If you were concerned that the production version of the 2024 Dodge Charger would look nothing like the stunning concept from 2022, these photos should allay those fears. The new Charger actually ups the Dodge muscle car game by not just going electric but also by providing both two- and four-door versions. Dodge will deliver two versions of its first battery electric vehicle models in 2024: the Dodge Charger Daytona R/T with up to 496 horsepower and a Daytona Scat Pack at up to 670 hp. 

It harkens back to Chargers of old, but it's fully modern and fully electric (images: Stellantis).

If those numbers aren't enough for you, take into account that Dodge says the Scat Pack version will launch from 0-60 mph in 3.3 seconds. Both models will be two-door only upon launch, but Dodge will bring a sedan in 2025 and (wait for it...) gas versions of both the coupe and the sedan with a new Hurricane inline-six engine. Goodbye V8 mill. While that might not be great news, keep in mind that the six-cylinder is Stellantis's 3.0-liter twin-turbo version rated at 550 horsepower. A high-performance Banshee EV trim is also rumored to be in the works. 

charger rear

Not that anyone cares all that much about the Charger EVs range (including Stellantis, Dodge's parent company), but the numbers aren't too shabby. The Charger Daytona R/T will have 317 miles of range, and the Daytona Scat Pack will offer 260 miles of range. While that's not anywhere near Tesla, that's not even remotely the goal. Dodge officials said Charger fans aren't focused on range but performance, and we'd have to agree. The question is, will muscle car customers buy an electric version?  

charger yellow

As you can see, the design is very much Dodge Charger, even more so than the last version. It uses the more squared-off cues from the Charger of the 1960s. Built into the retro style is a new white LED full-width front lighting element, as well as red “ring of fire” LED rear taillamps with an illuminated Fratzog logo in the middle of the lighting elements in both the front and rear of the Charger.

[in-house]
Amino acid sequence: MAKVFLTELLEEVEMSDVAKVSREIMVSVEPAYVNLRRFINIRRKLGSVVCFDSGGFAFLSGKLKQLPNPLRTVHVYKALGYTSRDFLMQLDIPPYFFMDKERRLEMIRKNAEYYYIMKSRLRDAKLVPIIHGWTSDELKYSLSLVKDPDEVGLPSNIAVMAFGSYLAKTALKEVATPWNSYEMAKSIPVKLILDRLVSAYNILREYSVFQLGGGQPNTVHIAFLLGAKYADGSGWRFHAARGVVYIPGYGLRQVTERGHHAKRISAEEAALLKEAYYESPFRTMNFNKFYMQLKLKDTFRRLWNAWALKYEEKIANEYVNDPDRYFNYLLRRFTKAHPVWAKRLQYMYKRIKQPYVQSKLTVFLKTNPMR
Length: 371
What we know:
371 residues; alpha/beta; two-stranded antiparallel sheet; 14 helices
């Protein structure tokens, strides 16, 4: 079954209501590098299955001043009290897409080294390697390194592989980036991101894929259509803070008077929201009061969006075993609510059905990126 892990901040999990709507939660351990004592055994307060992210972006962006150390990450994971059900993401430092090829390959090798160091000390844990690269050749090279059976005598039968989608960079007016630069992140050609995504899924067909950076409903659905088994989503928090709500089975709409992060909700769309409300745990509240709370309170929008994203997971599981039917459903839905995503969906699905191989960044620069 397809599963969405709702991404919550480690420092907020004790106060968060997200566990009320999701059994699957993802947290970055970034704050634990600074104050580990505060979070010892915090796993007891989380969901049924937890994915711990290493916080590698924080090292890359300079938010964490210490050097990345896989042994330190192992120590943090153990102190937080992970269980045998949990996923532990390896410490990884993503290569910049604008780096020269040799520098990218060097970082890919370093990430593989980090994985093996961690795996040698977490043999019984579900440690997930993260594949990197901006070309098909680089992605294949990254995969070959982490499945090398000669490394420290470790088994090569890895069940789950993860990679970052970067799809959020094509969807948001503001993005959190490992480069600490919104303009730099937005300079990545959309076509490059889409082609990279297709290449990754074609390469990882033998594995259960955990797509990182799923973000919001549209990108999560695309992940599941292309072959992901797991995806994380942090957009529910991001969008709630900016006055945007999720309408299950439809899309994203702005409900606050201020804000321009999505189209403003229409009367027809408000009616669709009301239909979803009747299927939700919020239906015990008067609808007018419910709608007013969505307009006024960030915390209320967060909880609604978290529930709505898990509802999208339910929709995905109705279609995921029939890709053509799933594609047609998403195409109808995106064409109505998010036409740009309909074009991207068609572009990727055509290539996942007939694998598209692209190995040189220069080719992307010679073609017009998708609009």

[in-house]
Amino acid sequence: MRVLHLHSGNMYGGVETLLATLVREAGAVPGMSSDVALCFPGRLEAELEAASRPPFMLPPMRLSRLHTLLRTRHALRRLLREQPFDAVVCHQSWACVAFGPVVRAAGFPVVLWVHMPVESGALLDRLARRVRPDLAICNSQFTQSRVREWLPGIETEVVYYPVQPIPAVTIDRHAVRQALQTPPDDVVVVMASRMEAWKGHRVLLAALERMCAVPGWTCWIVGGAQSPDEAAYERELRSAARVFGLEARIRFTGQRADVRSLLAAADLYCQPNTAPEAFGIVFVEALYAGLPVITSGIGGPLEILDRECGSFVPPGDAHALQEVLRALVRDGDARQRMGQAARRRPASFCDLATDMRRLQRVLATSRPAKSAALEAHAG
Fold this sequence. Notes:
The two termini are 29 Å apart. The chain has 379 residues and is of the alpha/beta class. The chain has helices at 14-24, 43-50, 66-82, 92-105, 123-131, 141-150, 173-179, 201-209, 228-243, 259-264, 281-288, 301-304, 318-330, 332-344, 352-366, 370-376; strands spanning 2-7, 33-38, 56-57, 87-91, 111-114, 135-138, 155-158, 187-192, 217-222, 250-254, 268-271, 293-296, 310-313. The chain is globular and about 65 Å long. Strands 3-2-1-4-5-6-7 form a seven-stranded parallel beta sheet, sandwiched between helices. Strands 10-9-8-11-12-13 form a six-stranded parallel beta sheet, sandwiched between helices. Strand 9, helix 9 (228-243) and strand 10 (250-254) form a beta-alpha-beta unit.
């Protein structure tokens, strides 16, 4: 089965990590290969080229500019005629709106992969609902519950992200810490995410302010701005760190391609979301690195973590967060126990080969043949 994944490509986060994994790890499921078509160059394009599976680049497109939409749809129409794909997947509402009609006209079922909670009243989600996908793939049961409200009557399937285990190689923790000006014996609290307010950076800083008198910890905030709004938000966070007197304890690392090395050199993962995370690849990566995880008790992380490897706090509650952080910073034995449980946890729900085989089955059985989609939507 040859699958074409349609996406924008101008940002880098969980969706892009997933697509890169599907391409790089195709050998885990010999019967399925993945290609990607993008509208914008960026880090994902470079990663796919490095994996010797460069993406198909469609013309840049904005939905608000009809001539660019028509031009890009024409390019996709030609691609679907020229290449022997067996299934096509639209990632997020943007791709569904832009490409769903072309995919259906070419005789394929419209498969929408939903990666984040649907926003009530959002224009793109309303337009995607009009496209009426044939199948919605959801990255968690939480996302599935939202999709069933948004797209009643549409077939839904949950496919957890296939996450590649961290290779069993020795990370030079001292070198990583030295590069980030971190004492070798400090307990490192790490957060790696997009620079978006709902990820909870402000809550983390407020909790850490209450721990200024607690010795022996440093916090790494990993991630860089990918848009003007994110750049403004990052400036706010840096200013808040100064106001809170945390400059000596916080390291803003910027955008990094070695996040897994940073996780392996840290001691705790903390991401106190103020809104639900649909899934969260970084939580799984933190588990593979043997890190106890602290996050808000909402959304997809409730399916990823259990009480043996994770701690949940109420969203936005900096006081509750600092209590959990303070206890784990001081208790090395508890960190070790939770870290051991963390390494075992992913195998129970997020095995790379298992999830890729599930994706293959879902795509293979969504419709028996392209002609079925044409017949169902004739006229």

charger taillight

What the hellcat is a Fratzog? Well, it's nothing new, but it is obscure. The Fratzog was used on certain  1962-1975 Dodge vehicles' emblems and badges. The name has no meaning but was coined on a spur-of-the-moment decision. That name carries over to the Fratzonic Chambered Exhaust on the new EVs that will deliver loud, “Hellcat levels of sound intensity,” but owners can dial it down in Stealth mode.  The car will also get drive and race modes, including Donut and Drift. 

charger silver

Buyers can choose an available full-length glass roof, a front R-Wing (found on the concept) aerodynamic feature on the front. The car will also get a retro-style pistol-grip shifter, electronic door buttons paired with a manual lever, paddle shifters to adjust regen braking levels, and 64-color ambient lighting. The interior, thankfully, is thoroughly modern, eschewing the bulky and painfully dated interior from the old Charger and Challenger. Speaking of the Challenger, it looks like it's not going to happen now that the Charger will have a two-door version.

charger interior

There's a squared-off steering wheel, digital displays for the instrument cluster and the infotainment. The webbed pattern and illuminated interior door panels carry over from the concept beautifully. On those screens will be an available driver experience recorder that retains track-day data with audio, video, and even capture of the driver's voice. No word on whether it bleeps out profanity. Ha ha. 

charger interior

There's no word on pricing yet, but that should be released well before the car debuts later this year. No doubt, pricing will be up over the old car. The 2023 Dodge Charger base price was $32,645, the V8 Charger R/T started at $42,385, and the Charger Hellcat started at $77,345. 

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The Dodge Charger is an icon. Read our review of the most powerful version. 

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